I went home after the lunch break (pizza!), got my camera and loaded it with Negrapan (a black and white film manufactured in Spain). I knew I couldn’t use color film because the water was muddy brown in color; with monochrome film, it didn’t matter. I didn’t have a zoom lens at that time and so I used my Canon FD f/1.8 normal lens. I got back to school at around four in the afternoon. I focused on the reflections, and because it was late afternoon, I was forced to use a slow shutter speed of 1/30 sec. with an f/5.6 lens opening, for the right depth of field. (Later on we’ll discuss shutter speeds, lens openings and depth of field.)

[1] Pay attention to details

When you’re just starting to learn about photography, don’t consider anything too small, too trivial or too insignificant. The folk dancer in picture above has a V-shaped black ribbon on her costume; notice how the out of focus highlights on the background form an inverted letter V.

Pay attention to details; photo by Atty. Galacio

Pay attention to details! When you’re just starting to learn about photography, don’t consider anything too small, too trivial or too insignificant! If you look hard enough, you will notice that cute ribbon tied to my student's shoe buckle ... you know how vain girls are! I was able to take only one shot before my student kicked me away!

Pay attention to details; photo by Atty. Galacio

How many pipes are there in the picture above? Two. How many boys are standing up? Two. How many boys are sitting down? Two. How many boys are looking towards the right? Two. How many boys are looking towards the camera? Two.

Pay attention to details; serendipity; photo by Atty. Galacio

[2] Learn from paintings, music videos, comic books
, poetry, etc.

Look at paintings; watch good music videos. Look at comic books on superheroes; they have brilliant colors, subtle shadings, clean and dynamic lines. By the way, which superhero works as a photojournalist? Peter Parker, a.k.a. Spiderman!

Read poetry, short stories and other creative fiction, and then visualize in your mind the ideas, emotions expressed in them. One time, after reading Tennyson’s poem “Flower in a Crannied Wall,” I took my camera and for nearly a week, shot a lot of walls. I couldn’t find a single flower in a crannied wall but I did find a lot of small plants, a lot of moss between cracks in the walls, and our neighbors had a jolly good time watching me inspecting and shooting close-ups of walls in our compound!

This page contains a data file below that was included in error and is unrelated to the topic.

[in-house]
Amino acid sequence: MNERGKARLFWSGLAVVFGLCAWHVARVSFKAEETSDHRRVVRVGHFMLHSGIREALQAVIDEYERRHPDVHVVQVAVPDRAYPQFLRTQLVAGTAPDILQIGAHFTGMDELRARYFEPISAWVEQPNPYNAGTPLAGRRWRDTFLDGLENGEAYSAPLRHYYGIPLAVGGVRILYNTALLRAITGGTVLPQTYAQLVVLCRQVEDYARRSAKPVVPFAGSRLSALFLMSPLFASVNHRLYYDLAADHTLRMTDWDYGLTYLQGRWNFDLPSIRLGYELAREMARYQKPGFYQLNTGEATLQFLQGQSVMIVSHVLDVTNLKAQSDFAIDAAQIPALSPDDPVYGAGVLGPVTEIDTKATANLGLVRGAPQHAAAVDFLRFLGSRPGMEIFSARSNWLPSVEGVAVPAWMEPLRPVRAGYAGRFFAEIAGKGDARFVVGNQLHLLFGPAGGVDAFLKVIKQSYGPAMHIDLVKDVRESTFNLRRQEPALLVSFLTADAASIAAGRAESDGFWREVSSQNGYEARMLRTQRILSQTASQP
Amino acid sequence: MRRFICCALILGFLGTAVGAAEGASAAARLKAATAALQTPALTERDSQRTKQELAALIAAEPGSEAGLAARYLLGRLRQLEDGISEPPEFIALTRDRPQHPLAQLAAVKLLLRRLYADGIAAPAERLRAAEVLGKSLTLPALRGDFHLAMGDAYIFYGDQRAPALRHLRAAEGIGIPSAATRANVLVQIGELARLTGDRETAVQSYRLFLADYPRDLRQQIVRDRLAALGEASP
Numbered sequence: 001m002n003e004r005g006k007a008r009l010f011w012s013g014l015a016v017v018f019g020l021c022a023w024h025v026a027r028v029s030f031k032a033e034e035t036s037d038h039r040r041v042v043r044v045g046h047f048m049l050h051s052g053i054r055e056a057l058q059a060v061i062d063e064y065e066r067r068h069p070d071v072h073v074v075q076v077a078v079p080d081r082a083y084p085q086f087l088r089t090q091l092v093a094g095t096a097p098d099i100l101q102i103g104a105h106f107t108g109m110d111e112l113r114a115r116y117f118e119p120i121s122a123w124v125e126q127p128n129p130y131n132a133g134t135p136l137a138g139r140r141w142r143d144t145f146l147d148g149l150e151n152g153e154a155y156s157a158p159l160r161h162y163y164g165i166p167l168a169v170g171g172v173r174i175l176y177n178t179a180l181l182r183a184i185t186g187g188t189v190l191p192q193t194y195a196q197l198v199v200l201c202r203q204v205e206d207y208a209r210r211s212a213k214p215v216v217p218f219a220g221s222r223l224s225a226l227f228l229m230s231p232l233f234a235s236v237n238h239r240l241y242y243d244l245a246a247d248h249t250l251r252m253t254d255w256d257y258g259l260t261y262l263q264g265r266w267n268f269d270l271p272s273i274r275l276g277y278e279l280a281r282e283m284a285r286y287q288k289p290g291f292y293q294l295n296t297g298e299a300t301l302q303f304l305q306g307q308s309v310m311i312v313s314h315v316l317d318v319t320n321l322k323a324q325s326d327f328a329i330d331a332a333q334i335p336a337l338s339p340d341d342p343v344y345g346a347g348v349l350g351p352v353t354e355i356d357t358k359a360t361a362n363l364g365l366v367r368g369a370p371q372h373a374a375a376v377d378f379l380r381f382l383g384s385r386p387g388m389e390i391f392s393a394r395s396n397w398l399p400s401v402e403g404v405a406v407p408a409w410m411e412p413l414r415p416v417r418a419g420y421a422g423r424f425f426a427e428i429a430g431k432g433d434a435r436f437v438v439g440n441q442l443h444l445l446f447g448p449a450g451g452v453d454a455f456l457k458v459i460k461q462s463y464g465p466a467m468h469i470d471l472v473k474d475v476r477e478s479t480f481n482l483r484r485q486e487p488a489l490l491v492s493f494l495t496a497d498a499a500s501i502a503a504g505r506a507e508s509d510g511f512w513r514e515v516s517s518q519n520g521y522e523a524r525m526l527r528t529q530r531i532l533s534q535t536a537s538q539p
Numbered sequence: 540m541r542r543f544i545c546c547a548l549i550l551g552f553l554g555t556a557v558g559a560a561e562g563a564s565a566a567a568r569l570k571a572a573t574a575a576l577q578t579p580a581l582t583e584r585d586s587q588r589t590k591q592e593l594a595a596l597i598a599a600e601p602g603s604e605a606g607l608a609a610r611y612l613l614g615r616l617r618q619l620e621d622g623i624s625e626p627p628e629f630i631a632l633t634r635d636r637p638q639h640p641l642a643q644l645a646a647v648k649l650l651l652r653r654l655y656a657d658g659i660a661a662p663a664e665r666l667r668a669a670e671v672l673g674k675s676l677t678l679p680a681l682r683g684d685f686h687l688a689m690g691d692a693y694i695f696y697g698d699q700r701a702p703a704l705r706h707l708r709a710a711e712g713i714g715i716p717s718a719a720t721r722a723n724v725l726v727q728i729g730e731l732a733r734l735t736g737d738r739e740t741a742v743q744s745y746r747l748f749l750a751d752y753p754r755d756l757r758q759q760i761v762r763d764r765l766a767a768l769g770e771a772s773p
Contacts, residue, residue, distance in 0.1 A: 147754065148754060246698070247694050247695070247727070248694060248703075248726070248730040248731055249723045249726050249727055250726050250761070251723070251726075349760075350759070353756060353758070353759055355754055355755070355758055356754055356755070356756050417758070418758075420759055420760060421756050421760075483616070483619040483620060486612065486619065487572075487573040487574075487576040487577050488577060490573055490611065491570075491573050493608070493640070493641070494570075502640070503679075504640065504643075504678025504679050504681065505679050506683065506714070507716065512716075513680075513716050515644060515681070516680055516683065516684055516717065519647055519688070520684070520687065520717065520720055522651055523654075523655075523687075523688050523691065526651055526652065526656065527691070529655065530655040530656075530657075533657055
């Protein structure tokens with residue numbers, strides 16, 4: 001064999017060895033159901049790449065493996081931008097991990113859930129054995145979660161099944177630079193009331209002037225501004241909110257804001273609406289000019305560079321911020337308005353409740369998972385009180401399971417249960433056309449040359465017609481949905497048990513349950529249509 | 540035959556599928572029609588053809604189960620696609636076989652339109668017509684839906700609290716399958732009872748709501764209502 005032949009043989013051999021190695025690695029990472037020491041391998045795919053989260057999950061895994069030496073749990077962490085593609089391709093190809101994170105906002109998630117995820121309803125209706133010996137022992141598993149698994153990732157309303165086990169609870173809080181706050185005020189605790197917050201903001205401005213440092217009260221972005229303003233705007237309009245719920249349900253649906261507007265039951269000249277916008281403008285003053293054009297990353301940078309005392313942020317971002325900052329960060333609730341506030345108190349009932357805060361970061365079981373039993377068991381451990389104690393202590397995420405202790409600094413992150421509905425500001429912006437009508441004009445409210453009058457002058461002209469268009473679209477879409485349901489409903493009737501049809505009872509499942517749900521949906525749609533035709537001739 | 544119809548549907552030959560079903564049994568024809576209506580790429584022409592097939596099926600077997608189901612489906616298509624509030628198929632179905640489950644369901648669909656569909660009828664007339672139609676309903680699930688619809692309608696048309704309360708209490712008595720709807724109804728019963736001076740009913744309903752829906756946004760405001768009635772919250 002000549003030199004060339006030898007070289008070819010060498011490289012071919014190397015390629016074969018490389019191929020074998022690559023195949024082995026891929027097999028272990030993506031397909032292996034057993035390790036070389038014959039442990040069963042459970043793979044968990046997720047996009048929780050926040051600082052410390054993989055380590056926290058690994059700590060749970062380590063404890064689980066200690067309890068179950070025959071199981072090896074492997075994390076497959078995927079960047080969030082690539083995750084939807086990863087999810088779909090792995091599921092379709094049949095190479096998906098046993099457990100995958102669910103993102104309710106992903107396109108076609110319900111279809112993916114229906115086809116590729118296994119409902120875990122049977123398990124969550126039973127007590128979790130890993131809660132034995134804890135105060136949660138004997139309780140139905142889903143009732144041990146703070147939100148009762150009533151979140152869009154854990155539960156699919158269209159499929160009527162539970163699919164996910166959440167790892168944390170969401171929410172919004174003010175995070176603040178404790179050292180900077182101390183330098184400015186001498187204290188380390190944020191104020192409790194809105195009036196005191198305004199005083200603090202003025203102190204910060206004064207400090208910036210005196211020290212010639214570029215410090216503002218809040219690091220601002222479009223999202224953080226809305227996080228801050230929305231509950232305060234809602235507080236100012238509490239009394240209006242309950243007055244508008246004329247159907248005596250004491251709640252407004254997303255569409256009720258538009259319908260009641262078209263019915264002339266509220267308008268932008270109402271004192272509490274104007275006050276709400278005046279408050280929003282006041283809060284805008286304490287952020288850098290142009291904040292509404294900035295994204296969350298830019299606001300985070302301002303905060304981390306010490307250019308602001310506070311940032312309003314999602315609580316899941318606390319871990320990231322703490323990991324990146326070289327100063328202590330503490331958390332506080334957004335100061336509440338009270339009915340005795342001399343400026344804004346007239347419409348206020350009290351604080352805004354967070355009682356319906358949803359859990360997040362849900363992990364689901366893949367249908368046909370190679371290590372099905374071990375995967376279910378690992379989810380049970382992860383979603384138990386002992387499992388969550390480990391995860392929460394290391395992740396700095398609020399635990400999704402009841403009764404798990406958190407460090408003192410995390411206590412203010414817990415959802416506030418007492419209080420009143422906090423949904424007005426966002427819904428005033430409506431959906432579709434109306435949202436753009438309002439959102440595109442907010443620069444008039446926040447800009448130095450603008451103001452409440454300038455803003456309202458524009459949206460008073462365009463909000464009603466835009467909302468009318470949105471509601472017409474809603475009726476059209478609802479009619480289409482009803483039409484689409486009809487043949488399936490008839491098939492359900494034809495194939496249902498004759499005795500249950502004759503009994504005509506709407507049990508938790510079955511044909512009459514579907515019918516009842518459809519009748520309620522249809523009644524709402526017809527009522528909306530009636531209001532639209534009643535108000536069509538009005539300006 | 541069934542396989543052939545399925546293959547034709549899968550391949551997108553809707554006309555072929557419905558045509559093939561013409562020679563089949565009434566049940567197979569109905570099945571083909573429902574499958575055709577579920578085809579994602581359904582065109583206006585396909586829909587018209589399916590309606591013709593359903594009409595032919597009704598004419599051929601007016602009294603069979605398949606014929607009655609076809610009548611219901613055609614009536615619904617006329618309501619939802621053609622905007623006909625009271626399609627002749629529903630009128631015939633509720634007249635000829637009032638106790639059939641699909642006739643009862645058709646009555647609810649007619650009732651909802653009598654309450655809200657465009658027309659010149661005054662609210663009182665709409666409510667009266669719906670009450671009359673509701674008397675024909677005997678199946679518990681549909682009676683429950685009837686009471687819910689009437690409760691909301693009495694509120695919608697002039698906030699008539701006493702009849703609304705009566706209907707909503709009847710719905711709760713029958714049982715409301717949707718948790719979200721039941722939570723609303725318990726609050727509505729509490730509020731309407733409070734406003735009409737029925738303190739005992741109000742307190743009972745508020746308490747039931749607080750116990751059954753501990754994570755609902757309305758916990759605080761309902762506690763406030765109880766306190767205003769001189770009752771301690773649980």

[3] Practice visualizing things

In the novel “The Heart is a Lonely Hunter” written by Carson McCullers, Mickey, the main character, wanted desperately to learn how to play the violin. She drew a violin on a piece of cardboard, cut it out and then listened for weeks to the classical music being played by a neighbor. Wow, talk about visualization! What happened? Did Mickey become a world-class violinist? Of course not! What do you think this is, real life? Get real! This is fiction! Mickey became a waitress at the end of the novel.

[4] Look for symbolism and relationships

I took this picture way back in 1986 during the original EDSA Revolution. What are the symbolisms here? The soldier is the defender of freedom and democracy (symbolized by the Philippine flag in the background) and the child he’s carrying is the beneficiary of that freedom and democracy.

EDSA Revolution 1986; symbolisms and relationships; photo by Atty. Galacio

Look for symbolism and relationships. I tried to say in the picture above that students (represented by the bags) were waiting for the building to be finished. I know, I know, it’s really corny!

Symbolisms and relationships; photo by Atty. Galacio

[5] Practice doing still life

These milk cans in the picture below were rusting away near a santol tree. I’ve seen them several times before but I felt that they needed something else to perk up the image. I looked around, saw an old rubber doll my cute nephew (who looks like me) had outgrown, and placed it inside one of the milk cans.

form; still life; 1992; photo by Atty. Galacio

Visualize Better Photos